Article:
Part 2: "Our credit union doesn't allow Facebook or YouTube"


In part 1, I presented the two main reasons why companies block employees from participating in social networking sites like Facebook and YouTube while at work: security and time wasting. In this follow-up, I'll give you three reasons for your credit union to consider throwing caution (and productivity) to the wind by openly embracing the social web.

Reason 1: Employee retention

Many employees, especially the Gen X and Y set, actively participate on social networking sites. In-mail (messaging services within these sites) is replacing e-mail as a primary means of keeping in touch with friends, colleagues and family. This new breed of employee resents being blocked from sites like Facebook and LinkedIn.

This is from the Government Technology Magazine:

"While Web 2.0 sites clearly pose a threat to corporate network security, making them off limits to employees may not be the best solution," said Sheinbaum. "Many companies understand that being able to access social networking and Web services sites during work hours is important to overall Employee 2.0 satisfaction and may also benefit their business."

This is from a News.com article entitled Can social networking co-exist with the workplace?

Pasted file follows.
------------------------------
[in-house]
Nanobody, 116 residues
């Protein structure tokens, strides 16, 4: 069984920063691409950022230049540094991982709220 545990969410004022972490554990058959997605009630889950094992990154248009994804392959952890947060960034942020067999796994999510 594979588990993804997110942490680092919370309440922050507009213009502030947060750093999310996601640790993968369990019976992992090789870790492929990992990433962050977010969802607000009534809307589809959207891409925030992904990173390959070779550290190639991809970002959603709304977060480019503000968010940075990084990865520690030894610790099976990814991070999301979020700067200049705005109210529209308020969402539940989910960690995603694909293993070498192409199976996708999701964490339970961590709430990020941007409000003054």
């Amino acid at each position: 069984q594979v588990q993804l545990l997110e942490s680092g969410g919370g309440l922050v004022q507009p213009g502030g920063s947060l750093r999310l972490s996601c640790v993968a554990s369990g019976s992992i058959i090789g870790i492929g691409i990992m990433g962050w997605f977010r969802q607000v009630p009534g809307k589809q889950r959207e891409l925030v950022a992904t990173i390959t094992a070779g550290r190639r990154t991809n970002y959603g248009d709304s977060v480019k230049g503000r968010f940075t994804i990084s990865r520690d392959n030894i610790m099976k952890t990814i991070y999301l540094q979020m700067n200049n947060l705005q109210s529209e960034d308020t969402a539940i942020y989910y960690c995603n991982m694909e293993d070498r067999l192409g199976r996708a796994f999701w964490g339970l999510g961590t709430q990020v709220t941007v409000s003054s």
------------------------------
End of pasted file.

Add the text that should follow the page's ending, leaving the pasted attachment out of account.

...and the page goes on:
There is no question that companies that have embraced the Internet have benefited over those that have ignored the changes overtaking the business world.
Social networking sites truly do provide robust features that provide a richer means of online communications. Rather than ban employees from using the medium, managers should think ahead how to turn it to their advantage. Careful thought should be given when considering the use of any networking features that could be detrimental to an enterprise. From there, policies can be crafted on a company-by-company basis to guide employees and gain their buy-in.

Reason 2: Connecting with your credit union community

There are 69 million registered Facebook users. This is a huge group of engaged users. In my neck of the woods, there are more than 700,000 members of the Vancouver network alone! For a credit union looking to connect with members and potential members, there are definitely opportunities for your credit union and for your employees to have a presence on the social web.

This is from the Cutter Consortium article on social networking:

On the one hand, the blocking of social media sites continues apace. On the other hand, the adoption of social media in enterprises is on the rise.
Jeremy Burton, president and CEO of Serena Software in San Mateo, California, USA, supports bringing social networks to work. Socializing is good for your business, and your employees could help your business via social media to gain customers' trust and to improve research, product design and development, and innovation. If your customers indicate a strong preference for a certain social-media service, it makes sense to give your company a semi-official presence there, run by real humans, for informal customer service and true public relations.